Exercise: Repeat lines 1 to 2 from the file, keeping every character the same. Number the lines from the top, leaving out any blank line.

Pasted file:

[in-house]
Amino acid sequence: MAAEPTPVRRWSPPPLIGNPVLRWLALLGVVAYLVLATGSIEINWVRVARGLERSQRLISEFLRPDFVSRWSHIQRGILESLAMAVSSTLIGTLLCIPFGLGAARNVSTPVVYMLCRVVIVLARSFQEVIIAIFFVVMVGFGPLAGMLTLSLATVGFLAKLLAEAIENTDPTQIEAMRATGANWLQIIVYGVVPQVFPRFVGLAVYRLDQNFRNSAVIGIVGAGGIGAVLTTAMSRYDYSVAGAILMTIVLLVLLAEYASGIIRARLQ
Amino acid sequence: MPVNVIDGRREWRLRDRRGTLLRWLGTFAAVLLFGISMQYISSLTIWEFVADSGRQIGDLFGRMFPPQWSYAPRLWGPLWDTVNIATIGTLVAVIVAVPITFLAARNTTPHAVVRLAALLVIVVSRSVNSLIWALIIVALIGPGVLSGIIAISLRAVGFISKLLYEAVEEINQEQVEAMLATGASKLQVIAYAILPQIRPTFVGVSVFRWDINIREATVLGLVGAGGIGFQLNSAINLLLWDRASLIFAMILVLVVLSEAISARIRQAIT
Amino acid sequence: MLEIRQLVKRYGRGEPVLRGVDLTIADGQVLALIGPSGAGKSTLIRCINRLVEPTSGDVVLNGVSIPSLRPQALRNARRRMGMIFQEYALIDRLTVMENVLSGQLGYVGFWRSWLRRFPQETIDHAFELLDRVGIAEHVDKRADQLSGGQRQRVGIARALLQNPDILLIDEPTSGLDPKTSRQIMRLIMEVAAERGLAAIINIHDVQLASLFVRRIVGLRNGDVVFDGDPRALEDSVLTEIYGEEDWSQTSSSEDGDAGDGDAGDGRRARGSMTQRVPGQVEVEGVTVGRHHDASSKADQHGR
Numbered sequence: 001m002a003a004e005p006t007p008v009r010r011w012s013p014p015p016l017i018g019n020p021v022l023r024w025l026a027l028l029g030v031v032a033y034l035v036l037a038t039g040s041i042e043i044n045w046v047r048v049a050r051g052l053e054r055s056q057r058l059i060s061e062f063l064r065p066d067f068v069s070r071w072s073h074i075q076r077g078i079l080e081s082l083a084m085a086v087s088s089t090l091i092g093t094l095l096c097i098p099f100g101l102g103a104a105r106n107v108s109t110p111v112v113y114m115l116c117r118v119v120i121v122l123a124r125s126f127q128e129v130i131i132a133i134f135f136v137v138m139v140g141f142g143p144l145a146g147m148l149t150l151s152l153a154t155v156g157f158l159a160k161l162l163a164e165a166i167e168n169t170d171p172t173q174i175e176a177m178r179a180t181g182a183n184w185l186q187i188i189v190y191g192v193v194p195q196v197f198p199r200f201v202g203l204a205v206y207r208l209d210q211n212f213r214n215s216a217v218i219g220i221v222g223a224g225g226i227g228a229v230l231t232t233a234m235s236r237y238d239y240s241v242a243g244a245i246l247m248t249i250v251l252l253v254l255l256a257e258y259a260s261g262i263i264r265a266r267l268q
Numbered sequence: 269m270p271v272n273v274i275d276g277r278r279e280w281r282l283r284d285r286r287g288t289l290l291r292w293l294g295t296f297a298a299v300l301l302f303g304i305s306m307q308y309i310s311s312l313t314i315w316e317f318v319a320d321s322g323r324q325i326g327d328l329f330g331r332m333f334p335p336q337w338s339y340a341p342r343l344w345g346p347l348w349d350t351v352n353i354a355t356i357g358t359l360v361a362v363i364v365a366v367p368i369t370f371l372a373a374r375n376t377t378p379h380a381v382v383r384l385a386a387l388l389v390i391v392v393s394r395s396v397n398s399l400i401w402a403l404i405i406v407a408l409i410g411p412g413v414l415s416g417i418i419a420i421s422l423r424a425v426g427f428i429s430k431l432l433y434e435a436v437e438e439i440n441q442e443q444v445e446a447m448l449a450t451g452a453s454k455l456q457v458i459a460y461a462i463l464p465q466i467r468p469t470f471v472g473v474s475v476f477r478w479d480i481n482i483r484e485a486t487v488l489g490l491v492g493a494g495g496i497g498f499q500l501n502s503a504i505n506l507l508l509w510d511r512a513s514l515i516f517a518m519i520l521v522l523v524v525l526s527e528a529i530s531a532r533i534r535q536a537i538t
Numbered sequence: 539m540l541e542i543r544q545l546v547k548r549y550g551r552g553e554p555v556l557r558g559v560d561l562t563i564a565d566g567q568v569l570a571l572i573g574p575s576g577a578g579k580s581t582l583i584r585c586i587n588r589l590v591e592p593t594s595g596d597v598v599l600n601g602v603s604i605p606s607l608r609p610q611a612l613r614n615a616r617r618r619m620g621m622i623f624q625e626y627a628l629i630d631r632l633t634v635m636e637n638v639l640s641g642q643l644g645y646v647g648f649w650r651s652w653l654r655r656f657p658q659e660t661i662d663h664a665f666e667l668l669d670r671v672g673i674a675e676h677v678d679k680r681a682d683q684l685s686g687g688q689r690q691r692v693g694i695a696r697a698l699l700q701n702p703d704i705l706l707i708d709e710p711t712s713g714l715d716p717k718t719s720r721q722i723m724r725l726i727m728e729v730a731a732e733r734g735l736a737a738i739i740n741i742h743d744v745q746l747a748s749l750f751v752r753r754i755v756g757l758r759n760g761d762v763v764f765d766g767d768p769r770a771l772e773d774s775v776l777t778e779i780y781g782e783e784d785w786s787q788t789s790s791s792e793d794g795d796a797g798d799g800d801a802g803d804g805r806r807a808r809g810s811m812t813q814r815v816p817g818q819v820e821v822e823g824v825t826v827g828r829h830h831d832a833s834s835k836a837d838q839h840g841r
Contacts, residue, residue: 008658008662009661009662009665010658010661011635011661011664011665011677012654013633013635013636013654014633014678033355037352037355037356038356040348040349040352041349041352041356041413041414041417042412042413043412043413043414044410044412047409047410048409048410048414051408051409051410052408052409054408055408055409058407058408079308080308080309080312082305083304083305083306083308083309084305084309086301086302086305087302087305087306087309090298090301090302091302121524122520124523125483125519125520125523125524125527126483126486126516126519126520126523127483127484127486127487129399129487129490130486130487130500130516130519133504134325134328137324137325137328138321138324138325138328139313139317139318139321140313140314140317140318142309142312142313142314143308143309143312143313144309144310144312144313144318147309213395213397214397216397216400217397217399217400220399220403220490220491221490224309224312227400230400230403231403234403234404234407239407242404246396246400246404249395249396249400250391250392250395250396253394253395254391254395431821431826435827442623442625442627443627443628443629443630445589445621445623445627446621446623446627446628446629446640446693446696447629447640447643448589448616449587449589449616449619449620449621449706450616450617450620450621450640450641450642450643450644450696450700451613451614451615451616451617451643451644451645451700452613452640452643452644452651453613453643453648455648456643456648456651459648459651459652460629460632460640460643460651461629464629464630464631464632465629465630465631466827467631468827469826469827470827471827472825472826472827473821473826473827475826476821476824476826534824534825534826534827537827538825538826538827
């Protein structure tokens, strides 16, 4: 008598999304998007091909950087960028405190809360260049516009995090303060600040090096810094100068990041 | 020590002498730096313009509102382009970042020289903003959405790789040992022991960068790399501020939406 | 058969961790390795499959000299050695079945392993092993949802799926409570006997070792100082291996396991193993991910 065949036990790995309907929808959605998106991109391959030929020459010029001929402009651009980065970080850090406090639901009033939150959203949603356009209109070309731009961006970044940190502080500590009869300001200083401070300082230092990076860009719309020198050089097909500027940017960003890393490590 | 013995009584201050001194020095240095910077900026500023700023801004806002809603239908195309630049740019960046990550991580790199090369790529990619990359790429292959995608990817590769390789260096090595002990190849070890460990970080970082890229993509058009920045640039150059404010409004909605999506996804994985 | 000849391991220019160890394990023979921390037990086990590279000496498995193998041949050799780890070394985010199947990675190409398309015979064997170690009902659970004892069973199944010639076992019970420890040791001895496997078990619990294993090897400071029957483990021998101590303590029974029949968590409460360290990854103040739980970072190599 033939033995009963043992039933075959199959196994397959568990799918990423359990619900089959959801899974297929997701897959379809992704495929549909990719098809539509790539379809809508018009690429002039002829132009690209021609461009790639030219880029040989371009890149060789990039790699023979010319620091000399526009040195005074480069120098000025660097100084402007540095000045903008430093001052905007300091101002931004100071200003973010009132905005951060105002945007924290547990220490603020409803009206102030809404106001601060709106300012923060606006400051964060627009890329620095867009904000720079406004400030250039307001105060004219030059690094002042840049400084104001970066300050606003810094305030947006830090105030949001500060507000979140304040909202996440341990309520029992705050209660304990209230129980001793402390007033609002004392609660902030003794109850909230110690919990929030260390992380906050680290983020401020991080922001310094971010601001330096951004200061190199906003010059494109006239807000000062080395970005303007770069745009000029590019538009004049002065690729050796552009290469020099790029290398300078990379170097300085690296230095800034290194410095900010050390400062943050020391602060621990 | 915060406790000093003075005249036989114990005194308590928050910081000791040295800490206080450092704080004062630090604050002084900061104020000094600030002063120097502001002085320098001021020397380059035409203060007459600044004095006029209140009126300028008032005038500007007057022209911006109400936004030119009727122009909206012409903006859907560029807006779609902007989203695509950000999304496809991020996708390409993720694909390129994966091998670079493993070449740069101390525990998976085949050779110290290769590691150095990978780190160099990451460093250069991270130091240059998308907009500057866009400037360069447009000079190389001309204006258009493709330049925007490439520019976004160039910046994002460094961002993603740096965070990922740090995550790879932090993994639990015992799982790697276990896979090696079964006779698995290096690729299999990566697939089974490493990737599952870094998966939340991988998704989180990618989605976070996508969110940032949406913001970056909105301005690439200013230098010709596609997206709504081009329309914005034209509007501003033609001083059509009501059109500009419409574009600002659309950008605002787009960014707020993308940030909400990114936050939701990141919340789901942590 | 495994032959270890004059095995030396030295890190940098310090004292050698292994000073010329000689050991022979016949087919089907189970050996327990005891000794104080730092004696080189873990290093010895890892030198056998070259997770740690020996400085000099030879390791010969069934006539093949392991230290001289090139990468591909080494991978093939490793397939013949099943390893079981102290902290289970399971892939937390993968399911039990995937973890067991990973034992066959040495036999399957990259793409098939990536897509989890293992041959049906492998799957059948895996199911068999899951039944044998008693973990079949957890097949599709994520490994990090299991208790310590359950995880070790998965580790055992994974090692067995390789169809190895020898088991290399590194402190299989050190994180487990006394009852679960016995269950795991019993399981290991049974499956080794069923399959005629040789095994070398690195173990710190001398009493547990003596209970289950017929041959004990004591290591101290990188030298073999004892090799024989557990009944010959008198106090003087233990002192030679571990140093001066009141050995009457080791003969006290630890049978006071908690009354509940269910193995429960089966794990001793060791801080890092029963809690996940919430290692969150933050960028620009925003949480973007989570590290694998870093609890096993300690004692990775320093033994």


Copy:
[in-house]
Amino acid sequence: MAAEPTPVRRWSPPPLIGNPVLRWLALLGVVAYLVLATGSIEINWVRVARGLERSQRLISEFLRPDFVSRWSHIQRGILESLAMAVSSTLIGTLLCIPFGLGAARNVSTPVVYMLCRVVIVLARSFQEVIIAIFFVVMVGFGPLAGMLTLSLATVGFLAKLLAEAIENTDPTQIEAMRATGANWLQIIVYGVVPQVFPRFVGLAVYRLDQNFRNSAVIGIVGAGGIGAVLTTAMSRYDYSVAGAILMTIVLLVLLAEYASGIIRARLQ